Typically, female family friends do not attend the church or the burial, although this is entirely up to their discretion, and they may participate if they wish.


Undertaker Responsibilities and Etiquette After a Funeral

After a funeral service, only close family members return to the house, and it is expected that a grieving wife or mother will not meet anyone outside her family for several weeks.

The undertaker is responsible for preparing the house for the funeral. They remove the furniture from the drawing room and place campstools in the available space. The clergyman leads the service at the head of the coffin, surrounded by relatives.

If the body is not disfigured by disease, it is usually dressed in the clothes worn in life and placed in an open casket, as if resting on a sofa. Friends are invited to take a last look, but it can be a somewhat eerie experience to make the dead look like they are still alive.

A man's body is typically dressed in black, while a young boy is laid out in his everyday clothes. However, boys and girls look more appropriately dressed in white cashmere robes.


Adorning the Coffin

The tradition of adorning the coffin with flowers is a beautiful one. However, in large cities, it has become so excessive and is often based solely on the amount of money spent that many individuals now request no flowers.

When a lady's parents pass away in England, she is expected to wear crape and bombazine (or any equivalent lusterless cloth) for three months. During this time, she refrains from attending any social events.

After that, she can wear lusterless silks trimmed with crape and jet and attend court if commanded. She can also participate in concerts and family weddings without violating any etiquette. After six months, she reduces her mourning attire to black and white and can attend small dinners or the "drawing room."


The Time for Socializing After Mourning

In this country, it is customary for individuals mourning for a parent, child, sibling, or spouse to refrain from attending public events such as concerts, dinners, and parties for three months.

After this period, attending a concert is deemed acceptable, but attending the opera, dinner, or a party before six months have passed is considered inappropriate and disrespectful.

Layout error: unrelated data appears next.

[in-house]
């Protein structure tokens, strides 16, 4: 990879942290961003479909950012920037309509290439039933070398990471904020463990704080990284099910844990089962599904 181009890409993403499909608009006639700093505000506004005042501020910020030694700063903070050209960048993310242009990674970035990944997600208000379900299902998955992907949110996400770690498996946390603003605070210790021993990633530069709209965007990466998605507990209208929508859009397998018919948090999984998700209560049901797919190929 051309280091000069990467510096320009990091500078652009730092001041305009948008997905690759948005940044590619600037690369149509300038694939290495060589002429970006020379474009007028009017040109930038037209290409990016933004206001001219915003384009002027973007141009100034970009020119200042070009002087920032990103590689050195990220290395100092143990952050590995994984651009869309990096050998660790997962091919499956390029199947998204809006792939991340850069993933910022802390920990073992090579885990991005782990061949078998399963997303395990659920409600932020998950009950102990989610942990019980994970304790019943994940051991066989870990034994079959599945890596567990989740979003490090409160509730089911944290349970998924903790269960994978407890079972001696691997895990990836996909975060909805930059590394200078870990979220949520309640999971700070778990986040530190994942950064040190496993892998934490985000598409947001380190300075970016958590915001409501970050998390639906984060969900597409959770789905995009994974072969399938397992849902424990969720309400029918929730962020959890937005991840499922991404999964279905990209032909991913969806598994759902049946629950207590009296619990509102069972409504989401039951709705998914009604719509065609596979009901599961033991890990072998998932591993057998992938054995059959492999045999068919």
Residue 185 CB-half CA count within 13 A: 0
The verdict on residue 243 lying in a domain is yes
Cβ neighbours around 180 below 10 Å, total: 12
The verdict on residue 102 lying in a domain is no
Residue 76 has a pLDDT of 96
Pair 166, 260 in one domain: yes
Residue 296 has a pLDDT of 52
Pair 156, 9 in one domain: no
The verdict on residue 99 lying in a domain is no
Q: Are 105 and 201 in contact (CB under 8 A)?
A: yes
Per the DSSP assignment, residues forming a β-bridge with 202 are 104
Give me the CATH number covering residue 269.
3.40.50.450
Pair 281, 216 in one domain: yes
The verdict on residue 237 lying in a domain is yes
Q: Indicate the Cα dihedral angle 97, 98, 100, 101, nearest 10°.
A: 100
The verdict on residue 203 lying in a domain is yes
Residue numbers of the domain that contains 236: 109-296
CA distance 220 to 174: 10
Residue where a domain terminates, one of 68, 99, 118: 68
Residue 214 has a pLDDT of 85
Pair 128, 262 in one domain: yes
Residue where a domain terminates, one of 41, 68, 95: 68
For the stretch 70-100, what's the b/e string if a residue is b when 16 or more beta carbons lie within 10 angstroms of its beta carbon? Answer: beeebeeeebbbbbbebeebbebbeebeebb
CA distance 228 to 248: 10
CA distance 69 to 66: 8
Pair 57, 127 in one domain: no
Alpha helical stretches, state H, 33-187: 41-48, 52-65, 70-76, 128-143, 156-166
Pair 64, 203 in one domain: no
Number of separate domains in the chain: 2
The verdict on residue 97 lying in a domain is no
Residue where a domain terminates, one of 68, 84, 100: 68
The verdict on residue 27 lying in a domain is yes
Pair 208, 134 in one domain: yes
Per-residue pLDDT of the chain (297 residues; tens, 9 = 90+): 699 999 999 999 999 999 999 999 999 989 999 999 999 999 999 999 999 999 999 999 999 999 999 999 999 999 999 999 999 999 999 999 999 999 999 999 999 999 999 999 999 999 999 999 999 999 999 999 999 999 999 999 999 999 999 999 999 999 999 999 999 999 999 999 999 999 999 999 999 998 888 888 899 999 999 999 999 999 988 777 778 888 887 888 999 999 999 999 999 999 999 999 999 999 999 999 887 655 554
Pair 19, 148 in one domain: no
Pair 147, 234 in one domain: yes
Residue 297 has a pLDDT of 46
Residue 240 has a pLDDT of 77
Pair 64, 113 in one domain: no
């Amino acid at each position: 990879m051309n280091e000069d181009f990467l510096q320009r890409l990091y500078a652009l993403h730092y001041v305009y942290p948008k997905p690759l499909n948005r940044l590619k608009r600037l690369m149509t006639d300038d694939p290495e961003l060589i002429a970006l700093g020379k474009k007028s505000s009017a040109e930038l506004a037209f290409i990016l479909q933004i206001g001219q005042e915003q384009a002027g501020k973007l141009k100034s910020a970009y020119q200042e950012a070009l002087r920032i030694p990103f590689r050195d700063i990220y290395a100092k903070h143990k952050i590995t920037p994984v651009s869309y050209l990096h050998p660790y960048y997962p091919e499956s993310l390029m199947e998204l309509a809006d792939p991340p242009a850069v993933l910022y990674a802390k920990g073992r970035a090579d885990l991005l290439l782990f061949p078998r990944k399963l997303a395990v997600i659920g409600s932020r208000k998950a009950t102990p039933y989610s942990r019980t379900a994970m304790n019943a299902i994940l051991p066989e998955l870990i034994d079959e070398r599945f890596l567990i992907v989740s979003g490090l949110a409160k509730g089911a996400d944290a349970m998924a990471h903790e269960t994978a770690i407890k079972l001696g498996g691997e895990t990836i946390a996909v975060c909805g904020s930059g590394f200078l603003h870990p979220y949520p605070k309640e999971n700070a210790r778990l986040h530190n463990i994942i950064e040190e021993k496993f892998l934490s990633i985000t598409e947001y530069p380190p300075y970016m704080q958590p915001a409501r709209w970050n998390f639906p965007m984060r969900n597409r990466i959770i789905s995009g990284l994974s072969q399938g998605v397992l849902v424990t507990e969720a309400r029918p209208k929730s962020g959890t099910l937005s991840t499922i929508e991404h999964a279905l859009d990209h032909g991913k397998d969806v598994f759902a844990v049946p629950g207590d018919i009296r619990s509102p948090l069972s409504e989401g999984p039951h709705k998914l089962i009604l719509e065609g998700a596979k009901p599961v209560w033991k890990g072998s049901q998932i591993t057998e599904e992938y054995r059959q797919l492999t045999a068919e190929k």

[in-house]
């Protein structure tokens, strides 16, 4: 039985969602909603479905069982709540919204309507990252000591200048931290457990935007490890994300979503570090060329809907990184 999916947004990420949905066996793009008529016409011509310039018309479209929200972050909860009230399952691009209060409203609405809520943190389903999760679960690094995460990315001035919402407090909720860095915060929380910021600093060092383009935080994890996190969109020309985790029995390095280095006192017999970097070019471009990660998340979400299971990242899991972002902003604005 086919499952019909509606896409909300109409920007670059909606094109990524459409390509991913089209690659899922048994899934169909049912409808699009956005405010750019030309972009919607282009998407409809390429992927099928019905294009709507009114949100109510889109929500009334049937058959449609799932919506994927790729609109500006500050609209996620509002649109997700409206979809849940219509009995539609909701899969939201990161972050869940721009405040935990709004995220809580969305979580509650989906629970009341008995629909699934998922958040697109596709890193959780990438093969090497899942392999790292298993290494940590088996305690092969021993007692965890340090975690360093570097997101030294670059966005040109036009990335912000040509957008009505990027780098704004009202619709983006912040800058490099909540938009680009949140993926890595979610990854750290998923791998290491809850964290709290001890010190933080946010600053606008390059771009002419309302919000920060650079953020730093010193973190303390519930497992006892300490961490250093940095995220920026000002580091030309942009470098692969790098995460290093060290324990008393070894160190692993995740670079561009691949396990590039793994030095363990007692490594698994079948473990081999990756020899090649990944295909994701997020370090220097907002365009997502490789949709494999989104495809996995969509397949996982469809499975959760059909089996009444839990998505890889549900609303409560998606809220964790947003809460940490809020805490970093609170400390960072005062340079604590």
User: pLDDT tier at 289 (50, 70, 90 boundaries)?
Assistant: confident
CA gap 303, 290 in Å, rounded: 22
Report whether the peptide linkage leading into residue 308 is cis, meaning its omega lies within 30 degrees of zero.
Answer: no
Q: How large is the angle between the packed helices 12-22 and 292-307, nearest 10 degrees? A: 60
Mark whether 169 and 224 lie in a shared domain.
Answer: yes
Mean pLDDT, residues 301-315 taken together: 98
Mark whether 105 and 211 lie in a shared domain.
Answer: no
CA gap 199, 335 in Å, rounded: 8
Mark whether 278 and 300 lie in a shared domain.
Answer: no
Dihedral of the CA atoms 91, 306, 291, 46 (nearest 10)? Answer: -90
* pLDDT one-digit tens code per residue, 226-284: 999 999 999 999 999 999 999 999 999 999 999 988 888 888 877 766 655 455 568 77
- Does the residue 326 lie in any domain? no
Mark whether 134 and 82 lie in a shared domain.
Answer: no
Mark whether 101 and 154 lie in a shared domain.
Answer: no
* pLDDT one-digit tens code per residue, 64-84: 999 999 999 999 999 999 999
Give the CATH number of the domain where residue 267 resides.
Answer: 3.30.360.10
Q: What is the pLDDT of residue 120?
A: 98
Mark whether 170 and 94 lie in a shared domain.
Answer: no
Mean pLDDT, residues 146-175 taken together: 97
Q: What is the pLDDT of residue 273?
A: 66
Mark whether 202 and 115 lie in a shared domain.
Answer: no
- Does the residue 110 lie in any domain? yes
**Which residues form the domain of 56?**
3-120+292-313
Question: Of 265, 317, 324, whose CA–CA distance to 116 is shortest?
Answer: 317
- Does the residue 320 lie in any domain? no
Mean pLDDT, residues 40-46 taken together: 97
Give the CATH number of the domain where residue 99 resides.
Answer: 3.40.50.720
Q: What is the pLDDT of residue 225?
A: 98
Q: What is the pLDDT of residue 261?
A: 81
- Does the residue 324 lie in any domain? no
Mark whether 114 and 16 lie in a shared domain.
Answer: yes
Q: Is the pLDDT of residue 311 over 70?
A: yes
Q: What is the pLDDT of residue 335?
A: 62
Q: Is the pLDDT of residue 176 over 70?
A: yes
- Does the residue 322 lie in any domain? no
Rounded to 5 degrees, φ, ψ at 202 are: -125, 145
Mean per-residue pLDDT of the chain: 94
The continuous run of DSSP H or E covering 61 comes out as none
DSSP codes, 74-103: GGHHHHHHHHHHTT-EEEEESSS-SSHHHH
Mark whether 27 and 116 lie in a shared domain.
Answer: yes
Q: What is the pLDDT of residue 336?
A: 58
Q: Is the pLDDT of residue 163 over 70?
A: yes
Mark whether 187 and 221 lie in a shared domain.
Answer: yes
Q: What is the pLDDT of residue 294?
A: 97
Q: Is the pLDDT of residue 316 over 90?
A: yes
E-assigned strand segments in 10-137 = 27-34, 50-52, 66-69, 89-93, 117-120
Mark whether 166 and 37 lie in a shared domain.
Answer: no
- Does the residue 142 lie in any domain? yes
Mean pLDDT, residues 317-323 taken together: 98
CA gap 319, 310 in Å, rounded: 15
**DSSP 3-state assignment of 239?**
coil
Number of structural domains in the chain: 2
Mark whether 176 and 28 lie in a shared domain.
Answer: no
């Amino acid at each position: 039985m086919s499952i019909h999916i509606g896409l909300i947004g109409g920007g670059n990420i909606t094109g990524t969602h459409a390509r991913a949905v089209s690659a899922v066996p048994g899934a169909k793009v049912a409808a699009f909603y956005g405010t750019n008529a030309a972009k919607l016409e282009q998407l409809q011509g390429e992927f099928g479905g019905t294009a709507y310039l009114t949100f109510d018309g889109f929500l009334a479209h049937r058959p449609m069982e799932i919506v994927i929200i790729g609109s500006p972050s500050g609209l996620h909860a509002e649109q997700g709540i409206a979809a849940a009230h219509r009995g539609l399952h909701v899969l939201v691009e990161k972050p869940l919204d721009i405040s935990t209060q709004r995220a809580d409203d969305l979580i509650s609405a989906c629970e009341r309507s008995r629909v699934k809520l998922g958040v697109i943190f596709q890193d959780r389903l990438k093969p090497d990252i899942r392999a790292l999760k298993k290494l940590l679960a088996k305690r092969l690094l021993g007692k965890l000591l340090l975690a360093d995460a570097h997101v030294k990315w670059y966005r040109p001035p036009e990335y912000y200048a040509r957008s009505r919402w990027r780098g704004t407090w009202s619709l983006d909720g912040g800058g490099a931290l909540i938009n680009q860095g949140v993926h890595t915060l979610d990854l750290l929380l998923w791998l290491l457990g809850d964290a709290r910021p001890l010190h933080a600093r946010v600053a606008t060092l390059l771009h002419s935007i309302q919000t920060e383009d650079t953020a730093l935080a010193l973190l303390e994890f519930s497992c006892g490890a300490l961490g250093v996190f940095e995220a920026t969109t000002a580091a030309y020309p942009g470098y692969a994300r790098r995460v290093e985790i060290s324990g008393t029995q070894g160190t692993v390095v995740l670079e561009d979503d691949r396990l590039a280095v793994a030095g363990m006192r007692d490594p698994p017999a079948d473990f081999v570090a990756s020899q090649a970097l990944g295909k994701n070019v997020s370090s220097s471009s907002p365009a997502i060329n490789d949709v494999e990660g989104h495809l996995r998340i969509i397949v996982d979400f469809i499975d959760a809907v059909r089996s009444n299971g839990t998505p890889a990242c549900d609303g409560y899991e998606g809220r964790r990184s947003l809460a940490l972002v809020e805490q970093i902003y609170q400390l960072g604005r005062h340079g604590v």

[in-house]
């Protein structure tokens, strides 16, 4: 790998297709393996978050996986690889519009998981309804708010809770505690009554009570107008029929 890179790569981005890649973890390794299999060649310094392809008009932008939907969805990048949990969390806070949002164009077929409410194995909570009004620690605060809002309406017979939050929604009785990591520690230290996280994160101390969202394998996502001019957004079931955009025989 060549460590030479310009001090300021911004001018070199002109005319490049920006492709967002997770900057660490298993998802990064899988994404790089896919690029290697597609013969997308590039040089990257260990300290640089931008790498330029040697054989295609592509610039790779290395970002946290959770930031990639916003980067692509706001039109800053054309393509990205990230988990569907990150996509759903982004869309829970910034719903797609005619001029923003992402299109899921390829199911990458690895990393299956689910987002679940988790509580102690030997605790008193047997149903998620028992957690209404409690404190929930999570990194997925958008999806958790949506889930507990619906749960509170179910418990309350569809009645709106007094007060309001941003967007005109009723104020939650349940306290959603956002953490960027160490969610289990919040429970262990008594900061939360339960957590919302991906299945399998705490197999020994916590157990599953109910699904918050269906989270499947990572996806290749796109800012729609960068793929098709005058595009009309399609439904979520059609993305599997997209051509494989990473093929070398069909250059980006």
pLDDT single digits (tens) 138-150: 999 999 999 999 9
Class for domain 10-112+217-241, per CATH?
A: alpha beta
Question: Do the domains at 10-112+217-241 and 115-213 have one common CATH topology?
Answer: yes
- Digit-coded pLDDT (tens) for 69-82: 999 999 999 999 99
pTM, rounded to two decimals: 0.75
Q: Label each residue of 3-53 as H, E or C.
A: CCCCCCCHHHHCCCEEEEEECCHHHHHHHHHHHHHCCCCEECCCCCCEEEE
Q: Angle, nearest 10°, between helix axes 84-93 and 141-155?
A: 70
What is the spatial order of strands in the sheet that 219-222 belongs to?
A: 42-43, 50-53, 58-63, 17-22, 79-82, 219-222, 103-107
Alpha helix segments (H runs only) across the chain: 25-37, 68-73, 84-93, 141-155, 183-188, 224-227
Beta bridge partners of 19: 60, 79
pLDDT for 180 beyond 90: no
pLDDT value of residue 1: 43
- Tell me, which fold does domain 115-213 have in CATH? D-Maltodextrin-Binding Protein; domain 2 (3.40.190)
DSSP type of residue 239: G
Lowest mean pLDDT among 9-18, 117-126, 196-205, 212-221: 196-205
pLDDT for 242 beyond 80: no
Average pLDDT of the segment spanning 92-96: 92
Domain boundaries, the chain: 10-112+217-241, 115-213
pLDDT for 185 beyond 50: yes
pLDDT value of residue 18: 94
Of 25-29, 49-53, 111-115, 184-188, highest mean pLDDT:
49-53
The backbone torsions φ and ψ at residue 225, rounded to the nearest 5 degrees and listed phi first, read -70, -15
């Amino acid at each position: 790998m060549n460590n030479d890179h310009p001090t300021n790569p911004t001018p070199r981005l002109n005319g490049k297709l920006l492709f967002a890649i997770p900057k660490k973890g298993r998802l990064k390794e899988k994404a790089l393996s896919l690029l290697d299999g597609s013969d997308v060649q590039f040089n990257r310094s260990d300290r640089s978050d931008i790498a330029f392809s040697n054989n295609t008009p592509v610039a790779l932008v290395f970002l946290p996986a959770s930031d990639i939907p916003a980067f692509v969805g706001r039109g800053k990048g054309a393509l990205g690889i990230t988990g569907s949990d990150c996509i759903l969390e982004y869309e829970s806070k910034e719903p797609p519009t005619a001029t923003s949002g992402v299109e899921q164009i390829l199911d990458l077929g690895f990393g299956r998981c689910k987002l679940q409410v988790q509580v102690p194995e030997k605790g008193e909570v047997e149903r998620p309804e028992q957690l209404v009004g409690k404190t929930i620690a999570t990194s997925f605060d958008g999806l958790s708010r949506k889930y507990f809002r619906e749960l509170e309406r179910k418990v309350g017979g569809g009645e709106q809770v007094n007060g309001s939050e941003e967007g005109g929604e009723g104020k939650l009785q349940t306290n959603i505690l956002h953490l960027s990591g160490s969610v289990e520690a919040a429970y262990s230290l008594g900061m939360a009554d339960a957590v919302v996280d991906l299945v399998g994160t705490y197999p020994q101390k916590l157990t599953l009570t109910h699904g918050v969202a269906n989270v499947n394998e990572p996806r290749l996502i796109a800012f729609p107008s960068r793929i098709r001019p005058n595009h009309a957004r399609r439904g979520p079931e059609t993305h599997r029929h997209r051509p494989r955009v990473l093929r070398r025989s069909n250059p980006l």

Additionally, wearing deep mourning attire to such occasions is frowned upon. However, if an individual chooses not to observe mourning customs, they may attend any event without issue. But, those who wear mourning attire must abide by the etiquette associated with it. It is also worth noting that a widow should not be seen at a ball, theatre, or opera until after a year has passed.


After the Death of a Loved One

Many people believe that it is disrespectful for a woman to go outside, drive, or walk without a deep crape veil over her face for at least two years after the death of a loved one. It is often considered a sign of carelessness towards the deceased if a person lightens their mourning before this period.

Wearing crape for two years is seen as a commendable act by many, but it is debatable whether this practice harms the welfare and happiness of the living. Children are often affected negatively by their mother's shrouding in mourning, and men generally dislike it.

While it is understandable that a woman may choose to wear mourning for the rest of her life, it is a matter of concern whether this practice is detrimental to the living.


A Sign of Mourning

Anyone who has lost a close friend or family member is expected to observe a period of mourning for at least six months. It is advisable to refrain from participating in social events and other frivolous activities during this time.

If one chooses to wear black as a sign of mourning, one must adhere to the customs and traditions associated with the practice. It is important to note that individuals with weak eyes or lungs should avoid wearing a heavy crape veil over their faces. This type of veil contains arsenic, which can harm vision and respiration.


Based on an Article by Sherwood, Mrs. John, “Chapter XXI. Etiquette of Mourning,” in Manners and Social Usages, New York: Harper & Brothers, 1887, p. 188-199. The accompanying illustration for this article "The Widow Consulting with a Friend," is from Peterson's Magazine, Philadelphia, Vol. LXXXVII, No. 4, April 1885, p. 320.